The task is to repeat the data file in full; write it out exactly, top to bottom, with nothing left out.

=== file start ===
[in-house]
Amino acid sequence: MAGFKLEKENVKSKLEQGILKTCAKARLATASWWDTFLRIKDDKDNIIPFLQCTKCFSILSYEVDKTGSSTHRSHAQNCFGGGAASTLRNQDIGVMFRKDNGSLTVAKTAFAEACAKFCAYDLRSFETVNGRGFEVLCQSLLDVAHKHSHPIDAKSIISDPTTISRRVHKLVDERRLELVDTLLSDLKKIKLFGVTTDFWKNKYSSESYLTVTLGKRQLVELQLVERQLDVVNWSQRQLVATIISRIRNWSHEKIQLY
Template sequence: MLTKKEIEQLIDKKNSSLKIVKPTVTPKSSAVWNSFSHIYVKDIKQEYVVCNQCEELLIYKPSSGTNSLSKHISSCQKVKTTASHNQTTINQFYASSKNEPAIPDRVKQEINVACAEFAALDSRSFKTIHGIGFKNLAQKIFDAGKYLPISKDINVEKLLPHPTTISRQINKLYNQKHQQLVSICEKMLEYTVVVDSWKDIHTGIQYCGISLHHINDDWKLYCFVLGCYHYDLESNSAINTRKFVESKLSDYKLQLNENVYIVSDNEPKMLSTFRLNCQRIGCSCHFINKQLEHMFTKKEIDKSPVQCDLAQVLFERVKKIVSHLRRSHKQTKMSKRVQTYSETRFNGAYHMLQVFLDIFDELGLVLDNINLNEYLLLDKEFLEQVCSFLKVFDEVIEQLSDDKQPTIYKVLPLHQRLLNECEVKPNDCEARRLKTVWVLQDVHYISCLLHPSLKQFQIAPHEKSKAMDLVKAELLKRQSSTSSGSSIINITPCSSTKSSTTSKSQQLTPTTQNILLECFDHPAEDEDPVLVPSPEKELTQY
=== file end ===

[in-house]
Amino acid sequence: MAGFKLEKENVKSKLEQGILKTCAKARLATASWWDTFLRIKDDKDNIIPFLQCTKCFSILSYEVDKTGSSTHRSHAQNCFGGGAASTLRNQDIGVMFRKDNGSLTVAKTAFAEACAKFCAYDLRSFETVNGRGFEVLCQSLLDVAHKHSHPIDAKSIISDPTTISRRVHKLVDERRLELVDTLLSDLKKIKLFGVTTDFWKNKYSSESYLTVTLGKRQLVELQLVERQLDVVNWSQRQLVATIISRIRNWSHEKIQLY
Template sequence: MLTKKEIEQLIDKKNSSLKIVKPTVTPKSSAVWNSFSHIYVKDIKQEYVVCNQCEELLIYKPSSGTNSLSKHISSCQKVKTTASHNQTTINQFYASSKNEPAIPDRVKQEINVACAEFAALDSRSFKTIHGIGFKNLAQKIFDAGKYLPISKDINVEKLLPHPTTISRQINKLYNQKHQQLVSICEKMLEYTVVVDSWKDIHTGIQYCGISLHHINDDWKLYCFVLGCYHYDLESNSAINTRKFVESKLSDYKLQLNENVYIVSDNEPKMLSTFRLNCQRIGCSCHFINKQLEHMFTKKEIDKSPVQCDLAQVLFERVKKIVSHLRRSHKQTKMSKRVQTYSETRFNGAYHMLQVFLDIFDELGLVLDNINLNEYLLLDKEFLEQVCSFLKVFDEVIEQLSDDKQPTIYKVLPLHQRLLNECEVKPNDCEARRLKTVWVLQDVHYISCLLHPSLKQFQIAPHEKSKAMDLVKAELLKRQSSTSSGSSIINITPCSSTKSSTTSKSQQLTPTTQNILLECFDHPAEDEDPVLVPSPEKELTQY